Yesterday, I blogged on the proposed alimony reform legislation in New Jersey.  At the end of that post, I posited the following questions.  Is this really a radical change, or in many respects, does it simply codify what is often done in practice anyway? Will it really take away advocacy when circumstances so require?

Aside from removing the term "permanent alimony" and perhaps sickening reaction in causes in some people, does the proposed legislation really do more than codify the case law or what was done in practice, in many respects.  Remember, is "permanent alimony" really permanent now anyway?  Can’t people seek to retire already and isn’t retirement a change of circumstances?  Don’t people already negotiate, when appropriate, limited duration alimony when people are divorcing close to retirement age, as opposed to buying a second litigation to occur a few years later? 

The following are some other random thoughts, in no particular order and of no particular importance. 

1)  Is "indefinite alimony" a nicer term for "permanent alimony"

2)  While certainly possible and appropriate in many circumstances under existing law for marriages of less than 20 years, permanent alimony was infrequently given in marriages less than 20 years after the limited duration alimony statute was enacted. In fact, I heard someone on a panel at the State Bar Convention last year state that 20 years was sort of a magic number ensuring permanent alimony.

3)   The concept of imputing income to someone that is unemployed or underemployed essentially  already exists in the case law and child support guidelines, and thus, really is not new.

4)  Many people already use 30 to 35% of the difference in income to calculate alimony as noted in prior blogs.  Of course, we have also blogged on the Appellate Division rejecting such a formula.

5)  Are their still going to be fights as to whether the alimony should be 30% of the difference or 35% or somewhere in between?  If the point is to get uniformity, why have a 5% range?

6)  There will still be a chance to fight the percentages and the amount of alimony because the proposed statute says that the alimony should exceed the recipient’s need or the aforementioned percentages.  While I would expect in most cases, the percentage will be used, in larger income cases, there may be a greater need than ever to have lifestyle analyses performed to define "need."  This probably is making the forensic accountant’s giddy!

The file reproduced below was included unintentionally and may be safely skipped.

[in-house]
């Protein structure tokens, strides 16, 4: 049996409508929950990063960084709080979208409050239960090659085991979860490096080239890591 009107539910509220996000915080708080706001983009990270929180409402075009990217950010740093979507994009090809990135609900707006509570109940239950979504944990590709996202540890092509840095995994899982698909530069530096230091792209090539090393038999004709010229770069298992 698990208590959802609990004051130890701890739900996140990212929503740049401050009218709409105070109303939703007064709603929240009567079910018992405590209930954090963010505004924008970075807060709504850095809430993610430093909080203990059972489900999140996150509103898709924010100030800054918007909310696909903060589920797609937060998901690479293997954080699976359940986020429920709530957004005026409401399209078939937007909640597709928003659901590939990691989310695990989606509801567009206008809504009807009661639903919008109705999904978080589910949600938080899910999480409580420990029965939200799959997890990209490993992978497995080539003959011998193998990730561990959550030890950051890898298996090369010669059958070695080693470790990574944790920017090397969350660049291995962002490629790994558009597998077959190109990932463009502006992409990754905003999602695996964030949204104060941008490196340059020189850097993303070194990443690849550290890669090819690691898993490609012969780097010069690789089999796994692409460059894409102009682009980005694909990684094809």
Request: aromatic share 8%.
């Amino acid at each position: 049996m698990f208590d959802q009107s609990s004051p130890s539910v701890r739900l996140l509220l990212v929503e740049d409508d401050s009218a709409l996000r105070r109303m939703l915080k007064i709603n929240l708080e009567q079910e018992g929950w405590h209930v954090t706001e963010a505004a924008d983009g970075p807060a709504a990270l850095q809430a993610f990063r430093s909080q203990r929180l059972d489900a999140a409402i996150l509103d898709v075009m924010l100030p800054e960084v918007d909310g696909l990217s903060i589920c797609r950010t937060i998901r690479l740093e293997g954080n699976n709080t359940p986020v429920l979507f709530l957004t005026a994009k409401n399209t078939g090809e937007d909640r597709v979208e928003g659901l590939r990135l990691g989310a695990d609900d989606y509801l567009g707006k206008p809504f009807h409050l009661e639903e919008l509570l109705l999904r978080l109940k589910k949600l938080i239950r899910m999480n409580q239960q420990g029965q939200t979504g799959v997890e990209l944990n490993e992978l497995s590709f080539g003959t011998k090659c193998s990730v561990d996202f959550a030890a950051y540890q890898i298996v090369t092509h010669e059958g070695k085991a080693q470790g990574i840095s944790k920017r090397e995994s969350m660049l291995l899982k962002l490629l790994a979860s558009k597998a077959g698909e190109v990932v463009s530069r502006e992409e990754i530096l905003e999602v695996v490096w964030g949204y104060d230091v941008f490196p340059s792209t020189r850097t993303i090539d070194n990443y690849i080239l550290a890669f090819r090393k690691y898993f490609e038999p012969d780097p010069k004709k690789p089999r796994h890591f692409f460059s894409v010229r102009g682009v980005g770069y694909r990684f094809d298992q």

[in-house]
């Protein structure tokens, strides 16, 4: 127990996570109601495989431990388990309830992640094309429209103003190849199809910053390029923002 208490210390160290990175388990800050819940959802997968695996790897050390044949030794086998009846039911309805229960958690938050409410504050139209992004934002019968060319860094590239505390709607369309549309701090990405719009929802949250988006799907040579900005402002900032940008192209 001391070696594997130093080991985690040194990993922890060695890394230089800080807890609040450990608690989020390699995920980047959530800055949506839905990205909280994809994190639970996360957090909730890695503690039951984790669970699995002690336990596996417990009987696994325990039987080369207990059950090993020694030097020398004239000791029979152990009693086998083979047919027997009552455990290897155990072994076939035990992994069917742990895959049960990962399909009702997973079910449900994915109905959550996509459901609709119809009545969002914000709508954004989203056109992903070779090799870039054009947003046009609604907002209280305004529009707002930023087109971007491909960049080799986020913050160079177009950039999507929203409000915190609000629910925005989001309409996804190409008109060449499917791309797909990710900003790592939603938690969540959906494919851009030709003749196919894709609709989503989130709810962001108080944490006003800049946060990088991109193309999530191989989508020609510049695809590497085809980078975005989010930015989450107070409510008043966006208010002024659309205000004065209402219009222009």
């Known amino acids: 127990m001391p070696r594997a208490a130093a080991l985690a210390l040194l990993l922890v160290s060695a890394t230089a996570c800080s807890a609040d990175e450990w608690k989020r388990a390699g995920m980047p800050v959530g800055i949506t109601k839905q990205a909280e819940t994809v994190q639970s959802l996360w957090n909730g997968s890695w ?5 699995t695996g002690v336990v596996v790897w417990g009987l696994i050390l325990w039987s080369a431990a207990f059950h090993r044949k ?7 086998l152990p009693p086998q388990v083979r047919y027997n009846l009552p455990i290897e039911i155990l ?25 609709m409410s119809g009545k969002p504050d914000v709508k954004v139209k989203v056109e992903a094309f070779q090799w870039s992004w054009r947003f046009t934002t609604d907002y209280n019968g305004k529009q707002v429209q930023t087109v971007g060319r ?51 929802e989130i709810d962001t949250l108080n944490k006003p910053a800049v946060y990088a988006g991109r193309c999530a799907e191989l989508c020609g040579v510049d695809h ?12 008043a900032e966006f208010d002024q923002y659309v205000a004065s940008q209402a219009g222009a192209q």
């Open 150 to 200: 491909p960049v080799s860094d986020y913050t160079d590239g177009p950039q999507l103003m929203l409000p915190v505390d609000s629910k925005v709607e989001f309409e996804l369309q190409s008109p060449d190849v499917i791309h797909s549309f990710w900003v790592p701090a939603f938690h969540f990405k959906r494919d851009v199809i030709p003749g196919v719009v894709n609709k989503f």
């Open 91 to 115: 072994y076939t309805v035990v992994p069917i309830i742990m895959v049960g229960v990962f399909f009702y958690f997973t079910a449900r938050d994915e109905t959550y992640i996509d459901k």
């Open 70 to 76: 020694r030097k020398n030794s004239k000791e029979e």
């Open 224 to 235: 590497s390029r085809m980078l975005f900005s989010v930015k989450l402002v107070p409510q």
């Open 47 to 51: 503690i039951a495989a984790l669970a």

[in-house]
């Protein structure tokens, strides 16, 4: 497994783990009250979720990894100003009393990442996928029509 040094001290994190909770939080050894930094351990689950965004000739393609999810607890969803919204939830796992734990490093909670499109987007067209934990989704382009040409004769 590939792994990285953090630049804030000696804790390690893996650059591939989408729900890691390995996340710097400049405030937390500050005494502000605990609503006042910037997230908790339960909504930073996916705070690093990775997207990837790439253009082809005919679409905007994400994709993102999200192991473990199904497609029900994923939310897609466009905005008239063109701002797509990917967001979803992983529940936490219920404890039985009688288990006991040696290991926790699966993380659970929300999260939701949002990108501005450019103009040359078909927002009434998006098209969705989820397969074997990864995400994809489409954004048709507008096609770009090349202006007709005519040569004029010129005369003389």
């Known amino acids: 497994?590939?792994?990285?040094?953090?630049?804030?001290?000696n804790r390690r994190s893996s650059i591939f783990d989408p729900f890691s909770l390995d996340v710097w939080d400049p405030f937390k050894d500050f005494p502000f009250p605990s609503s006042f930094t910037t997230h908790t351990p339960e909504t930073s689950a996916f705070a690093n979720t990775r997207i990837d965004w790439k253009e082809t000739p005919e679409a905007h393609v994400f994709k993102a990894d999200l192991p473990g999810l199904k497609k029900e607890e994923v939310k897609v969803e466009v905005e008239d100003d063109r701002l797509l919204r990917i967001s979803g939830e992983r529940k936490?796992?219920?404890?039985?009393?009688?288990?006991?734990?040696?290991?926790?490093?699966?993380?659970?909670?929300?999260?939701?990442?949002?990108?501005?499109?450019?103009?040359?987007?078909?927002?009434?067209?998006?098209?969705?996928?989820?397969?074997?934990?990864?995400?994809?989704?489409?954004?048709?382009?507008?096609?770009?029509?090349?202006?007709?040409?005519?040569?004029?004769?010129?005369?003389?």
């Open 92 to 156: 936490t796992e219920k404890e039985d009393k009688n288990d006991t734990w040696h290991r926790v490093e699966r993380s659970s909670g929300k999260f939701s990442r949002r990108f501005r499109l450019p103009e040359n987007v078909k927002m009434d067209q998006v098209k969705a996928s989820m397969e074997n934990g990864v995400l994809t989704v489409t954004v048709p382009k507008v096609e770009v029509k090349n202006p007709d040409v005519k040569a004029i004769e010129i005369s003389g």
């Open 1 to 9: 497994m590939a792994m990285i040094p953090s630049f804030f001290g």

7)  Is "need" the equivalent of "marital lifestyle?"  If not, what is it?  Is it mere subsistence?

8)  If bright lines were really what was wanted, shouldn’t cohabitation, in and of itself, require a termination of suspension?  Is the proposed statute largely just a codification of the case law that no one really disputed the interpretation of?

9)  Like the schedule for the amount, is the schedule for duration not unlike what many people were doing, kind of by feel and/or compromise to avoid trial? 

10)  Because the durational terms, other than "indefinite", all are "not more than" some amount of months, will there still be fighting to get the actual terms less than the "not more than" figure?

11)  While it seems fair to terminate alimony at retirement age if the person retires, if they continue to work full time, is it still fair?  What if they made a ton of money after the divorce and can still pay alimony, and the other party would be destitute without it, is termination fair then?  Under the current law, it probably would not be fair and alimony would continue.

12)  Perhaps most startling about the proposed statute is the curative effect of the statute which would allow people to go back and modify the terms of alimony contained in prior settlements and court decisions.  Aside from probably choking the court system to a halt during this two year period with which to do this, how is this possibly fair?  As we know, alimony and equitable distribution are often interrelated.  Sometimes, even child support and alimony are interrelated in the negotiation.  Is it fair to ignore the potential trade offs in Marital Settlement Agreements to cram down the terms of alimony?  It hardly seems so. 

13)  Even if cases were tried and/or the issues were not interrelated in terms of a settlement, is it fair to change the term giving the recipient no time to prepare for perhaps a drastic change.  Maybe they would have saved more if they knew alimony would end or end sooner?  Maybe they would have bought a less expensive house or less expensive cars, or sent their children to less expensive schools, etc.  if they knew that the alimony would be shortened.

Again, these are just some random musings.  It does not represent our support or opposition to the statute.  Rather, it is just food for thought about the possible, practical effects of the proposed legislation.

Stay tuned.


Eric Solotoff is the editor of the New Jersey Family Legal Blog and the Co-Chair of the Family Law Practice Group of Fox Rothschild LLP. Certified by the Supreme Court of New Jersey as a Matrimonial Lawyer and a Fellow of the American Academy of Matrimonial Attorneys, Eric practices in Fox Rothschild’s Roseland, New Jersey office though he practices throughout New Jersey. You can reach Eric at (973)994-7501, or